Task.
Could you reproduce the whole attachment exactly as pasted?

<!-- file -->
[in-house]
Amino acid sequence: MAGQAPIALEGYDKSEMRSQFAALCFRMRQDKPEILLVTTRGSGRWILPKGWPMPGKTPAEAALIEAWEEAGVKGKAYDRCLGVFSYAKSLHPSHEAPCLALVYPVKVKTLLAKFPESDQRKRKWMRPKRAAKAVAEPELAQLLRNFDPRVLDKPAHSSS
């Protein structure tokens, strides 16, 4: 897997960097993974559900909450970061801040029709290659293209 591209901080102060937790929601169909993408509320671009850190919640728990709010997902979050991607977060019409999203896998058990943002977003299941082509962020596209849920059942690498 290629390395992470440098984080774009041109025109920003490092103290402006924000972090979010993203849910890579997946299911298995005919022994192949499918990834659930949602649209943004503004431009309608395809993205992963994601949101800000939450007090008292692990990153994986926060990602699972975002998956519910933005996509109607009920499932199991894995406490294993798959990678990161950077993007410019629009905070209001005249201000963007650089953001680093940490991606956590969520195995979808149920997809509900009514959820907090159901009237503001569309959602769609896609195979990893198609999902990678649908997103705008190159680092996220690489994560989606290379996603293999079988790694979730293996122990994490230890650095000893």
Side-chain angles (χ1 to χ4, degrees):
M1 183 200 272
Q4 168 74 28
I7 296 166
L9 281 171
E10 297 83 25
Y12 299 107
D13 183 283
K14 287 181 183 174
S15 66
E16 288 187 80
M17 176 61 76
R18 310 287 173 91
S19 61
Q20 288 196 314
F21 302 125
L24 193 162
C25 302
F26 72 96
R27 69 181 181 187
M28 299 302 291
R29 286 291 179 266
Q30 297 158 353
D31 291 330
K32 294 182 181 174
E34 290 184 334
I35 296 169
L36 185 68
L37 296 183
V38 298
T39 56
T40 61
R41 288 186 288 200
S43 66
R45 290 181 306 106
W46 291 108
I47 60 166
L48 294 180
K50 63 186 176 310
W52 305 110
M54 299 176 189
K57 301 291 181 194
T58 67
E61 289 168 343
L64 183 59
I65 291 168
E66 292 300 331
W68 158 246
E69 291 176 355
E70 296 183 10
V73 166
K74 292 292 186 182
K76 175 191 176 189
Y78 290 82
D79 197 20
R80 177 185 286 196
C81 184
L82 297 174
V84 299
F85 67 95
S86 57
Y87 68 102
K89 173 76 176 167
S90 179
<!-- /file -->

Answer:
[in-house]
Amino acid sequence: MAGQAPIALEGYDKSEMRSQFAALCFRMRQDKPEILLVTTRGSGRWILPKGWPMPGKTPAEAALIEAWEEAGVKGKAYDRCLGVFSYAKSLHPSHEAPCLALVYPVKVKTLLAKFPESDQRKRKWMRPKRAAKAVAEPELAQLLRNFDPRVLDKPAHSSS
């Protein structure tokens, strides 16, 4: 897997960097993974559900909450970061801040029709290659293209 591209901080102060937790929601169909993408509320671009850190919640728990709010997902979050991607977060019409999203896998058990943002977003299941082509962020596209849920059942690498 290629390395992470440098984080774009041109025109920003490092103290402006924000972090979010993203849910890579997946299911298995005919022994192949499918990834659930949602649209943004503004431009309608395809993205992963994601949101800000939450007090008292692990990153994986926060990602699972975002998956519910933005996509109607009920499932199991894995406490294993798959990678990161950077993007410019629009905070209001005249201000963007650089953001680093940490991606956590969520195995979808149920997809509900009514959820907090159901009237503001569309959602769609896609195979990893198609999902990678649908997103705008190159680092996220690489994560989606290379996603293999079988790694979730293996122990994490230890650095000893």
Side-chain angles (χ1 to χ4, degrees):
M1 183 200 272
Q4 168 74 28
I7 296 166
L9 281 171
E10 297 83 25
Y12 299 107
D13 183 283
K14 287 181 183 174
S15 66
E16 288 187 80
M17 176 61 76
R18 310 287 173 91
S19 61
Q20 288 196 314
F21 302 125
L24 193 162
C25 302
F26 72 96
R27 69 181 181 187
M28 299 302 291
R29 286 291 179 266
Q30 297 158 353
D31 291 330
K32 294 182 181 174
E34 290 184 334
I35 296 169
L36 185 68
L37 296 183
V38 298
T39 56
T40 61
R41 288 186 288 200
S43 66
R45 290 181 306 106
W46 291 108
I47 60 166
L48 294 180
K50 63 186 176 310
W52 305 110
M54 299 176 189
K57 301 291 181 194
T58 67
E61 289 168 343
L64 183 59
I65 291 168
E66 292 300 331
W68 158 246
E69 291 176 355
E70 296 183 10
V73 166
K74 292 292 186 182
K76 175 191 176 189
Y78 290 82
D79 197 20
R80 177 185 286 196
C81 184
L82 297 174
V84 299
F85 67 95
S86 57
Y87 68 102
K89 173 76 176 167
S90 179